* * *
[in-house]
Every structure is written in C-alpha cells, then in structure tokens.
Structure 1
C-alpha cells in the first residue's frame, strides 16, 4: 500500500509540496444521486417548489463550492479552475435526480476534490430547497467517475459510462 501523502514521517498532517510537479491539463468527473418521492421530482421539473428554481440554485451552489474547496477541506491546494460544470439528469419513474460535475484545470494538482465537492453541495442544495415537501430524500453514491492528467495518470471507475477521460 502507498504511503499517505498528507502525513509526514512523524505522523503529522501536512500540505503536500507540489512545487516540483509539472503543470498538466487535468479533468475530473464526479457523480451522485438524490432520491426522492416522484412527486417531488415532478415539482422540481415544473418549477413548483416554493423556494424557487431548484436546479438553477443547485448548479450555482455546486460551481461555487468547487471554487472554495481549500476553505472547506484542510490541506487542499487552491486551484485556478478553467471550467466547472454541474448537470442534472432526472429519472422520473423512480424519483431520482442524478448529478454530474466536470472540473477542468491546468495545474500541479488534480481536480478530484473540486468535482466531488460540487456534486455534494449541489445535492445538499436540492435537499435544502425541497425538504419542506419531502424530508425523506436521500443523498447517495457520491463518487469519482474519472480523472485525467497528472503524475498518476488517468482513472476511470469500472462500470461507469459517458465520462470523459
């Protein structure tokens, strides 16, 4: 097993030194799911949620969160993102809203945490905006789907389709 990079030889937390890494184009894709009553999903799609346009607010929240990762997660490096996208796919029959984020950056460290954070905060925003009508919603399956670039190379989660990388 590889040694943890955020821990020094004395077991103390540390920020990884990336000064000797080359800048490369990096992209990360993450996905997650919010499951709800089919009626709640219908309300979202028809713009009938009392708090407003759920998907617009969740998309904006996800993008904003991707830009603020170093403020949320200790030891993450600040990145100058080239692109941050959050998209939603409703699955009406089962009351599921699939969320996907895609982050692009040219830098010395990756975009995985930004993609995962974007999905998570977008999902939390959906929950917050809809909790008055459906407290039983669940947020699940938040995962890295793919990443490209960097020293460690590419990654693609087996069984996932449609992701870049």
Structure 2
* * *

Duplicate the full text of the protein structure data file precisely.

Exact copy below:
[in-house]
Every structure is written in C-alpha cells, then in structure tokens.
Structure 1
C-alpha cells in the first residue's frame, strides 16, 4: 500500500509540496444521486417548489463550492479552475435526480476534490430547497467517475459510462 501523502514521517498532517510537479491539463468527473418521492421530482421539473428554481440554485451552489474547496477541506491546494460544470439528469419513474460535475484545470494538482465537492453541495442544495415537501430524500453514491492528467495518470471507475477521460 502507498504511503499517505498528507502525513509526514512523524505522523503529522501536512500540505503536500507540489512545487516540483509539472503543470498538466487535468479533468475530473464526479457523480451522485438524490432520491426522492416522484412527486417531488415532478415539482422540481415544473418549477413548483416554493423556494424557487431548484436546479438553477443547485448548479450555482455546486460551481461555487468547487471554487472554495481549500476553505472547506484542510490541506487542499487552491486551484485556478478553467471550467466547472454541474448537470442534472432526472429519472422520473423512480424519483431520482442524478448529478454530474466536470472540473477542468491546468495545474500541479488534480481536480478530484473540486468535482466531488460540487456534486455534494449541489445535492445538499436540492435537499435544502425541497425538504419542506419531502424530508425523506436521500443523498447517495457520491463518487469519482474519472480523472485525467497528472503524475498518476488517468482513472476511470469500472462500470461507469459517458465520462470523459
């Protein structure tokens, strides 16, 4: 097993030194799911949620969160993102809203945490905006789907389709 990079030889937390890494184009894709009553999903799609346009607010929240990762997660490096996208796919029959984020950056460290954070905060925003009508919603399956670039190379989660990388 590889040694943890955020821990020094004395077991103390540390920020990884990336000064000797080359800048490369990096992209990360993450996905997650919010499951709800089919009626709640219908309300979202028809713009009938009392708090407003759920998907617009969740998309904006996800993008904003991707830009603020170093403020949320200790030891993450600040990145100058080239692109941050959050998209939603409703699955009406089962009351599921699939969320996907895609982050692009040219830098010395990756975009995985930004993609995962974007999905998570977008999902939390959906929950917050809809909790008055459906407290039983669940947020699940938040995962890295793919990443490209960097020293460690590419990654693609087996069984996932449609992701870049």
Structure 2